I Fell Off the Wagon… and It Hurts Bad

You know what sucks sometimes? When you’ve had a great couple of days or even weeks with no flare-ups, but as soon as you indulge, even just a little, all hell breaks loose. This is an aspect of IBS that can easily diminish a person’s quality of life. To go from feeling like you have things under control, to then feeling like IBS controls you. This is a constant cycle that I experience often because it’s hard for me to stay on a restricted diet forever without falling into temptation.

Fell off the wagon

For a while, I felt like things were going in my favor because I’ve been a lot more focused on leading a healthier lifestyle. For instance, I’ve been exercising more frequently, and I’ve put myself on a strict low to no carb diet plan for the past couple of months with a couple of mild cheat days here and there. Well, for about three or so weeks straight I was very strict with what I ate because I am trying to lose weight, and I also noticed during that time I suffered from less flare-ups. So as a reward to myself for my good behavior, I decided to enjoy a couple of beers and pizza one day. This then led to another day of fun, and then another day of fun after that. This is what I call “falling off the wagon.” I know what you’re thinking. Pizza AND beer?! Hess, are you nuts?? Yes, I should’ve known better than to fall off the wagon this bad. I rewarded myself way too much to a point where I’ve been suffering the consequences for a week now and it’s been both painful and challenging.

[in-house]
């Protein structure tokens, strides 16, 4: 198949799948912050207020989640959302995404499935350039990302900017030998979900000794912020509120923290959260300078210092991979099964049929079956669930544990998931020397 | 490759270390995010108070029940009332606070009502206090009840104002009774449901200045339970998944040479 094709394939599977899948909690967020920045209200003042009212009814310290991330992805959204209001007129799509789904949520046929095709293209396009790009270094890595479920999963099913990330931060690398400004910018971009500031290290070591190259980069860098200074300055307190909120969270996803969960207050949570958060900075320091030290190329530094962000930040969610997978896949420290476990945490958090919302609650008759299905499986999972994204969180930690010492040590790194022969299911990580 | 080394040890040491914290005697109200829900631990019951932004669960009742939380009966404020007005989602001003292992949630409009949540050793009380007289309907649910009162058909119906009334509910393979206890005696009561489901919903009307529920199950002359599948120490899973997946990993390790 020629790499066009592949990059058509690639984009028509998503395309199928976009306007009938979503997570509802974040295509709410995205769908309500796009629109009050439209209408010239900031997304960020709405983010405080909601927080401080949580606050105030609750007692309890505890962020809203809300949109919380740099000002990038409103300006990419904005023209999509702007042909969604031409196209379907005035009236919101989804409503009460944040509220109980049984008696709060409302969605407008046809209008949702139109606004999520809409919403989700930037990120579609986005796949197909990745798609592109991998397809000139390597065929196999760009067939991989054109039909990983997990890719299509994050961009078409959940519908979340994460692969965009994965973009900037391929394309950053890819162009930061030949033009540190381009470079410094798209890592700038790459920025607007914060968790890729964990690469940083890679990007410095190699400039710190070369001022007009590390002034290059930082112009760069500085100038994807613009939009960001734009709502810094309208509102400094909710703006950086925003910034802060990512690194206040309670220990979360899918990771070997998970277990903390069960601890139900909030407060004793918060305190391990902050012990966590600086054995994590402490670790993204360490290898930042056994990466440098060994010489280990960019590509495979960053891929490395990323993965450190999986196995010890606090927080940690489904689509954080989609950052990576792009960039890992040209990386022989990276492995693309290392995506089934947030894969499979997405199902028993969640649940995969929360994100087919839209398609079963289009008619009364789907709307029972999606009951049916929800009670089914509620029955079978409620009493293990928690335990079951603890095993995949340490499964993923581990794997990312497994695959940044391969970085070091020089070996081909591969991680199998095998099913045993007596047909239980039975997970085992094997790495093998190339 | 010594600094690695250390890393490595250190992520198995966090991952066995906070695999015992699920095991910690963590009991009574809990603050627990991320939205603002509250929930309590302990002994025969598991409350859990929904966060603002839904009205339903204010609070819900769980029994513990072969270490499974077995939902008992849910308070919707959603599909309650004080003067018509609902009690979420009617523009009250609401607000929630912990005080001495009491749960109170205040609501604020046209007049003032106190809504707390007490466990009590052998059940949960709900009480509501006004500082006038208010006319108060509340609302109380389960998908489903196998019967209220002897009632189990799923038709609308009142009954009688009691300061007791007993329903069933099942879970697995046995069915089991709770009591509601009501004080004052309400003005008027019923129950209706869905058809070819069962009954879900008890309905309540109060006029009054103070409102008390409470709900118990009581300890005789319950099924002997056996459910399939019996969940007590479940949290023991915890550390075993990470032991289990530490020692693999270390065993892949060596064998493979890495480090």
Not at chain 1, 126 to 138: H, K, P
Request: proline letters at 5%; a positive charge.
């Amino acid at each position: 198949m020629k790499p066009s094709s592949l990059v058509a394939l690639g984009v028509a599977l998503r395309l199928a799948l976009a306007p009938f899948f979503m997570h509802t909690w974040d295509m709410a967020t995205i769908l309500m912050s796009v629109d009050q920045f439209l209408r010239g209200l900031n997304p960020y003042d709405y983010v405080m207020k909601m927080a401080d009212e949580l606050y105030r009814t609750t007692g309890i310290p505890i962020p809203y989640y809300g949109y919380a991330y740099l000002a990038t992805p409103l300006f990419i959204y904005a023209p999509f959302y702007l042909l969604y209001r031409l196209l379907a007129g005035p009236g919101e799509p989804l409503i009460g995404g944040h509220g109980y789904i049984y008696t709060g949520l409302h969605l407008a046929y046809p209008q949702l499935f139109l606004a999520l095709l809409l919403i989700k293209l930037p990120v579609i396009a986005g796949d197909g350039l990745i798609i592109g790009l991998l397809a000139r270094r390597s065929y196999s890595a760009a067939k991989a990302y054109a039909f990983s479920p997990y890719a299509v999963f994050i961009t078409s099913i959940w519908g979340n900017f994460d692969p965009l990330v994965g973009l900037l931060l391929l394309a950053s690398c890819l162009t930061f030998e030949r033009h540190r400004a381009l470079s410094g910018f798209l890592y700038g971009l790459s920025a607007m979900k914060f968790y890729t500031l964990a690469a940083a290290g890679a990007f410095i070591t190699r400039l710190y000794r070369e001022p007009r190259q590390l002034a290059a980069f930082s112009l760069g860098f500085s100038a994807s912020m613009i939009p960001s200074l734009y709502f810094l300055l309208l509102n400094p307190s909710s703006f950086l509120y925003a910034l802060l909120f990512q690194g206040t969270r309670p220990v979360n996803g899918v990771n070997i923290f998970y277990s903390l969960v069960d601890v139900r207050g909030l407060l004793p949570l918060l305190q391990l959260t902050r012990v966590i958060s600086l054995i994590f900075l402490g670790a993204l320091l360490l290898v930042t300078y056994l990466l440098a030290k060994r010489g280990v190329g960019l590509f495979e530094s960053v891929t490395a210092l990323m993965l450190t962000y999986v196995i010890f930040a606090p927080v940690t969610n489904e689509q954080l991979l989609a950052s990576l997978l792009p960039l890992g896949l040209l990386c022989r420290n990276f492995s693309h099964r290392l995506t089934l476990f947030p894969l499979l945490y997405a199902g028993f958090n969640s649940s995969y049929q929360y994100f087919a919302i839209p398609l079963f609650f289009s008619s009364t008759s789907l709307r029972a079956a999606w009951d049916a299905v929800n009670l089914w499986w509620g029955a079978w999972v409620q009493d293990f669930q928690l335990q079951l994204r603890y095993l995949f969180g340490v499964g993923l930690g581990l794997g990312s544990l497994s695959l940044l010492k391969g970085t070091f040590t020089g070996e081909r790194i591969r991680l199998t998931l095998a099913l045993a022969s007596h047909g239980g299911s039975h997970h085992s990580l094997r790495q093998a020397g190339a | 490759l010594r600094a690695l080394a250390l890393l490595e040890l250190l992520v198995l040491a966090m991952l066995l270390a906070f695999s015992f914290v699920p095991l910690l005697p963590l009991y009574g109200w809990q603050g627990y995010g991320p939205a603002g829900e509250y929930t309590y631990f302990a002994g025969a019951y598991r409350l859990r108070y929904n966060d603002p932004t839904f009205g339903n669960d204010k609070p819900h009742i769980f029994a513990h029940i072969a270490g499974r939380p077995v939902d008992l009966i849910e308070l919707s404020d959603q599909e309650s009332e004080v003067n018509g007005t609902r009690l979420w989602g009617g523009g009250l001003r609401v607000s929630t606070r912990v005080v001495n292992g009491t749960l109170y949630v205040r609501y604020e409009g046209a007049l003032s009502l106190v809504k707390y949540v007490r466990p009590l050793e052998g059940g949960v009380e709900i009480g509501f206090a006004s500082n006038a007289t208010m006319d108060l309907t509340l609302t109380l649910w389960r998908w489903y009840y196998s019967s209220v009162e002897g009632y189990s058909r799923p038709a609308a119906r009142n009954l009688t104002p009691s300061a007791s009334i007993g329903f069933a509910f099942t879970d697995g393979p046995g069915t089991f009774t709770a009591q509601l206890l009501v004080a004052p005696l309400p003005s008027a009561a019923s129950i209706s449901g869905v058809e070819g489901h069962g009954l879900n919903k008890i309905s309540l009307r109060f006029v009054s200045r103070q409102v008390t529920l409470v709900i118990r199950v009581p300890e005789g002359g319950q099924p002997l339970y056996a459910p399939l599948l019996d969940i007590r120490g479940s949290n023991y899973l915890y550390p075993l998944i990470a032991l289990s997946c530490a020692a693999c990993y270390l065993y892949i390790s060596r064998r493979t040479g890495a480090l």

Getting back on the wagon

As a result of me falling off the wagon, I started slacking on my exercise regimen and I’m finding it a bit difficult to get back on my strict diet again. Granted, I am a firm believer in having a cheat day here and there for the sake of my sanity and freedom. However, I do believe in discipline as well, so keeping it to one cheat meal a week, or even every two weeks, should be enough to satisfy my cravings. For someone with severe IBS, I must be more careful about what kinds of food and how much of it I put in my body. With that being said, I do plan on getting back on the wagon as I’m writing this. Do I expect to be perfect after this experience? No. But I do plan to be consistent with leading a healthier lifestyle long term, and that’s all that matters. So even if I do fall off the wagon again, I believe in myself enough and I care so much about taking control over my health that I know I’ll get back on again.

For those of you reading: Have you ever fallen off the wagon and regretted it? How long did you suffer the consequences and how did you try to recover from it? Thank you so much for reading my article and I look forward to seeing your responses.

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